A witness of the Economic and Financial Crimes Commission (EFCC), Mr. Adewale Atanda, Thursday told the Federal High Court, Lagos, that former governor of Oyo State, Senator Rasheed Ladoja, bought 22 vehicles for the state’s lawmakers in 2005, to avoid being impeached.
Atanda, a lawyer, said 14 of the vehicles were distributed among Ladoja’s loyalists in the Oyo House of Assembly, while the
remaining eight were shared among his family members.
Atanda said the 14 lawmakers were those whose loyalty Ladoja was sure of, out of the 22 he required to stop his impeachment.
The House of Assembly, he noted, had 32 lawmakers and for Ladoja to have stopped his impeachment he needed the votes of 22, which was why he bought 22 cars.
Atanda testified as the second prosecution witness before Justice Mohamed Idris in the trial of Ladoja and Mr Wahab Akanbi, a former Commissioner of Finance.
The accused persons were re-arraigned last December on an eight-count charge bordering on the laundering of N4.7b contrary to Section 17(a) and punishable under Section 14(1) of the Money Laundering (Prohibition) Act, 2004.
Led in evidence by EFCC prosecutor, Mr. Oluwafemi Olabisi, Atanda, who claimed to have met Ladoja in the year 2000 when he (Atanda) was vying for a senatorial seat on the platform of the same political party that Ladoja was then running for Oyo State Governor, stated how Ladoja’s administration encountered political difficulty after he become a governor.
Atanda said: “Well, I don’t know exactly how it started but it appeared as if there was a rift between members of the Oyo State House of Assembly on one hand, some political actors in the state, like the late Alhaji Lamidi Adedibu and Senator Ladoja, and some other external influences from Abuja at the material time. Very many
attempts were made to remove Senator Ladoja from office; various petitions were written and at the end of the day an impeachment process was set in motion.
“Oyo State has about 32 members of the House of Assembly and to successfully impeach the governor, it would require two-thirds majority support of the members of the House of Assembly. That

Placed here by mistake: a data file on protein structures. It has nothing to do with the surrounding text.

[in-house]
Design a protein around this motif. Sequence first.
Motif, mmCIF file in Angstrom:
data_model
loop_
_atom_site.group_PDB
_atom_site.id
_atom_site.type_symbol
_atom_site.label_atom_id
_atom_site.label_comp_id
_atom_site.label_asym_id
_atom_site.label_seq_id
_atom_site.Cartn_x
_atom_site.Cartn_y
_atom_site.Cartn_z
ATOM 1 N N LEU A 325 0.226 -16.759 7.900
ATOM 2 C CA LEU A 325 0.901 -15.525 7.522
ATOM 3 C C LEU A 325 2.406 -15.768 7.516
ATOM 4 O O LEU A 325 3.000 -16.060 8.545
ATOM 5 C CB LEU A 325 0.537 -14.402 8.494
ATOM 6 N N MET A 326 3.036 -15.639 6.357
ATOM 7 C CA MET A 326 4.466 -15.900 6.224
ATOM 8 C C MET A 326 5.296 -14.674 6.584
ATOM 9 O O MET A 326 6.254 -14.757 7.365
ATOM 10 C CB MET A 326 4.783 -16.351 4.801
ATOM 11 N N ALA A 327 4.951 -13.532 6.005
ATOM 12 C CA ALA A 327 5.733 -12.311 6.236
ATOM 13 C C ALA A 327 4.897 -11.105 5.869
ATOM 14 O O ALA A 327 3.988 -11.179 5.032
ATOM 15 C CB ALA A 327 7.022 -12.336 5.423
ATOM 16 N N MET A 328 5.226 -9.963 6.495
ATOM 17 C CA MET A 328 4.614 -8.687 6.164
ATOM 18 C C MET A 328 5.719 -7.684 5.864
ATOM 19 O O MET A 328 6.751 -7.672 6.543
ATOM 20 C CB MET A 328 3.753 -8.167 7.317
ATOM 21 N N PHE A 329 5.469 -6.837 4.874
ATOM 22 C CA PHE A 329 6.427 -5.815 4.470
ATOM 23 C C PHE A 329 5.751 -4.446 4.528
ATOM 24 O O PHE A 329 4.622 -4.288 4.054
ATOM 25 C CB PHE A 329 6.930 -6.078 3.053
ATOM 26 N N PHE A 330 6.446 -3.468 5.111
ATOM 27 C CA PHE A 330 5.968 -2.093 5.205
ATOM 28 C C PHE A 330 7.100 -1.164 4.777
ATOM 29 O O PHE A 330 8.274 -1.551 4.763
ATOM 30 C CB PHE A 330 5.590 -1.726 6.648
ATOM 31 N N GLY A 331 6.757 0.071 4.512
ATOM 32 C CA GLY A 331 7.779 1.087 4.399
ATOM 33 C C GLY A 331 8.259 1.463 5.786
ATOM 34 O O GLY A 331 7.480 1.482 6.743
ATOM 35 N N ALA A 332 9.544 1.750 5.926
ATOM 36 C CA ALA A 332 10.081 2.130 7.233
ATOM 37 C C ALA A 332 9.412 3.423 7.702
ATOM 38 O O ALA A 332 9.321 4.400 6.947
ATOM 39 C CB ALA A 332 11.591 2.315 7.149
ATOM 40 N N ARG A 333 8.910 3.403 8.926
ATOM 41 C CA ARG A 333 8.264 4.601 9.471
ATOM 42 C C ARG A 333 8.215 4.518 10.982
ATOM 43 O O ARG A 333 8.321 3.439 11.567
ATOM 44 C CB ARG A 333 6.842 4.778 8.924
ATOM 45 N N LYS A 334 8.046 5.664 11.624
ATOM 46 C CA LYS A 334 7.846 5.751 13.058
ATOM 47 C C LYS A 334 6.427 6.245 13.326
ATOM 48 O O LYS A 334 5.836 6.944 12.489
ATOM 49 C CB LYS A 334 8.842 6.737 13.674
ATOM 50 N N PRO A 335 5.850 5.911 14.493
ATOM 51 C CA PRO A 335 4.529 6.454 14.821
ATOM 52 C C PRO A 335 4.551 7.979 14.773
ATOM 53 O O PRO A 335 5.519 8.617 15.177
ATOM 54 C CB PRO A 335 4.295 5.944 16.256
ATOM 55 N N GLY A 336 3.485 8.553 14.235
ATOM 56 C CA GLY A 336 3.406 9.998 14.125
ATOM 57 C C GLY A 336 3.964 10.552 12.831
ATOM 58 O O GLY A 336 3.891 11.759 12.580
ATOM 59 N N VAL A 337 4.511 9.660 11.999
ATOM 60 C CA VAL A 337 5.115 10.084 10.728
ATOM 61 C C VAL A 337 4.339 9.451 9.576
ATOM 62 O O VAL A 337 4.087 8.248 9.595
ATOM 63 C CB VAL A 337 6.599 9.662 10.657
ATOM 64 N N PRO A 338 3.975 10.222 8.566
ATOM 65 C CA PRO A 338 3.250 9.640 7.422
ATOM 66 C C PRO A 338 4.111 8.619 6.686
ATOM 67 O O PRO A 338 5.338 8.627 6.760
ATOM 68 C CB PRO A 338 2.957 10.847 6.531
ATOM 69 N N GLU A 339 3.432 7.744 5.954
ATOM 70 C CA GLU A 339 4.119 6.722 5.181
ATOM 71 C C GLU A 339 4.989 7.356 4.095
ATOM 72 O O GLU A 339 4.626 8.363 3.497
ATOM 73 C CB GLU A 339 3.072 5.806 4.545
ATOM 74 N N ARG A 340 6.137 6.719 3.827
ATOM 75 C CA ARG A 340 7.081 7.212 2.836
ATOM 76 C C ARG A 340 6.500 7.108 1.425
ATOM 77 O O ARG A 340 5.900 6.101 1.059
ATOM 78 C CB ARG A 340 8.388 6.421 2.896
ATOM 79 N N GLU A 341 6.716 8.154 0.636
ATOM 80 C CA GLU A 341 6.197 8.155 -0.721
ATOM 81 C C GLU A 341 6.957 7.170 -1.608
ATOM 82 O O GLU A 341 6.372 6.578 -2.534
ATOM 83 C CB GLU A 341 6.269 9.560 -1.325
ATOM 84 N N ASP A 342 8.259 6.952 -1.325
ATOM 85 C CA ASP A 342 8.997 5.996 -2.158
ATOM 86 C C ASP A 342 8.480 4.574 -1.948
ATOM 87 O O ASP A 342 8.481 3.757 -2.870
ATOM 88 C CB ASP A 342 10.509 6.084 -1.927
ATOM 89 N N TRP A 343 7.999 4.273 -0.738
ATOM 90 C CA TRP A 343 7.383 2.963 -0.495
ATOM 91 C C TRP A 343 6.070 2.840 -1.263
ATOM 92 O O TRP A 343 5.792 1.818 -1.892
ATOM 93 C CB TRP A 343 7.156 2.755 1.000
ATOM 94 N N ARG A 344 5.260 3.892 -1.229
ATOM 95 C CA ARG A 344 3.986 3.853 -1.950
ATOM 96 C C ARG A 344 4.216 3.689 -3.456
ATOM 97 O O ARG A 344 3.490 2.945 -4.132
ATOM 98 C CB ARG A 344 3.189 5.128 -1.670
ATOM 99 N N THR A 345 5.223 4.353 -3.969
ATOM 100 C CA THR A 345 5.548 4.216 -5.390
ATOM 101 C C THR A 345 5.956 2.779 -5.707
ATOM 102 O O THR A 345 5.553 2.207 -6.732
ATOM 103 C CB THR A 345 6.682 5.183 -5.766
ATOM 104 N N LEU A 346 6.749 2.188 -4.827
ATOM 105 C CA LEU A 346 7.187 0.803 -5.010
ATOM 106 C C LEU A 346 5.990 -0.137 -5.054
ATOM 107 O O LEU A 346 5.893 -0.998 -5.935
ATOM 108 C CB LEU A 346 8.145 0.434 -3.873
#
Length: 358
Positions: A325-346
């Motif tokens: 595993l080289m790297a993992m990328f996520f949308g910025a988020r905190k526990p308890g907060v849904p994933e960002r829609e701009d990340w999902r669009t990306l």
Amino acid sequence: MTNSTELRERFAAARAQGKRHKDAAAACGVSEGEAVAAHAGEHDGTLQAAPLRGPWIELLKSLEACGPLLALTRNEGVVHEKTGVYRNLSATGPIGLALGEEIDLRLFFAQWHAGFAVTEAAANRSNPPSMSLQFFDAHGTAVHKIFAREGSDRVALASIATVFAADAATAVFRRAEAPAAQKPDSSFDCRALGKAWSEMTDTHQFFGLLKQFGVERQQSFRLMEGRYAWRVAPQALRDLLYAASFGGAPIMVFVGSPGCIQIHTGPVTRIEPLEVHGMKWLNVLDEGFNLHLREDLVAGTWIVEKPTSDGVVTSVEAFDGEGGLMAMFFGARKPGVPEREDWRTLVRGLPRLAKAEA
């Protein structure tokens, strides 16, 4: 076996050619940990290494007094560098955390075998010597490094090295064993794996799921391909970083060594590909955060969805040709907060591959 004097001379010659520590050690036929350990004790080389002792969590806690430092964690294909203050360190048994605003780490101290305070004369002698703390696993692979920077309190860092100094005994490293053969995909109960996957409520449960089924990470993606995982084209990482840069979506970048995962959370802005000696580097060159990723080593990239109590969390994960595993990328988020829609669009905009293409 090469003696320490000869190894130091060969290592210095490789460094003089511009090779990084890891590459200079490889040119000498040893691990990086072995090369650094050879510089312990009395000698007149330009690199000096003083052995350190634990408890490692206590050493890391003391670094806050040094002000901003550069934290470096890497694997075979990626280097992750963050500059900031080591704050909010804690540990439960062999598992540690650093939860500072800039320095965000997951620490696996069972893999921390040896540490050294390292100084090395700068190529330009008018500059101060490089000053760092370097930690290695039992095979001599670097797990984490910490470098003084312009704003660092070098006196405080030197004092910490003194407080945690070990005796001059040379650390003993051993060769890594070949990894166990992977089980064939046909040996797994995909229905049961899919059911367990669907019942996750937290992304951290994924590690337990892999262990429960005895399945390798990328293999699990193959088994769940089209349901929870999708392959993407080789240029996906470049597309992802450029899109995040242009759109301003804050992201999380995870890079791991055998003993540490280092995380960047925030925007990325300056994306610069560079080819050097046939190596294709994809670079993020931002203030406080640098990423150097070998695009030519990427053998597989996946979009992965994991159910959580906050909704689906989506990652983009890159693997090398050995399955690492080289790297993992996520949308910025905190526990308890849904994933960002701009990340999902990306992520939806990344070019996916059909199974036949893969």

will be about 22 members.
“In order to secure the loyalty of these 22 members of the House certain promises were made by different political actors. One of such was that loyal members would be given vehicles.
“In the course of all these, I had discussion with Senator Ladoja and explained to him that it was important that that this promises be kept. At the material time, it was rather impossible to buy these vehicles because they were not included in the budget for the year, so, we started looking for alternative ways to accommodate the request.”
He said he eventually obtained a loan of N80m from Wema Bank with his personal assets to assist Ladoja, who was his political
“The vehicles were bought and collected from the various dealers by the drivers of the Oyo State Government and delivered to the Government House in Ibadan. In spite of this, I think, by December 2005, the governor was impeached from office.”
After the impeachment, Atanda said Ladoja and his allies, including the 14 lawmakers loyal to him fled and regrouped in Lagos, where Ladoja continued to take responsibility for the welfare of the
lawmakers, who demanded to be paid a monthly income of N1m each after their salaries and allowances had been stopped.
Ladoja, he added, also assembled a team of lawyers, who increased their fees from N50 million to N370 million, before they agreed to challenge the impeachment up to the Supreme Court.
Justice Idris adjourned till March 27, 2017 for Atanda to continue his testimony.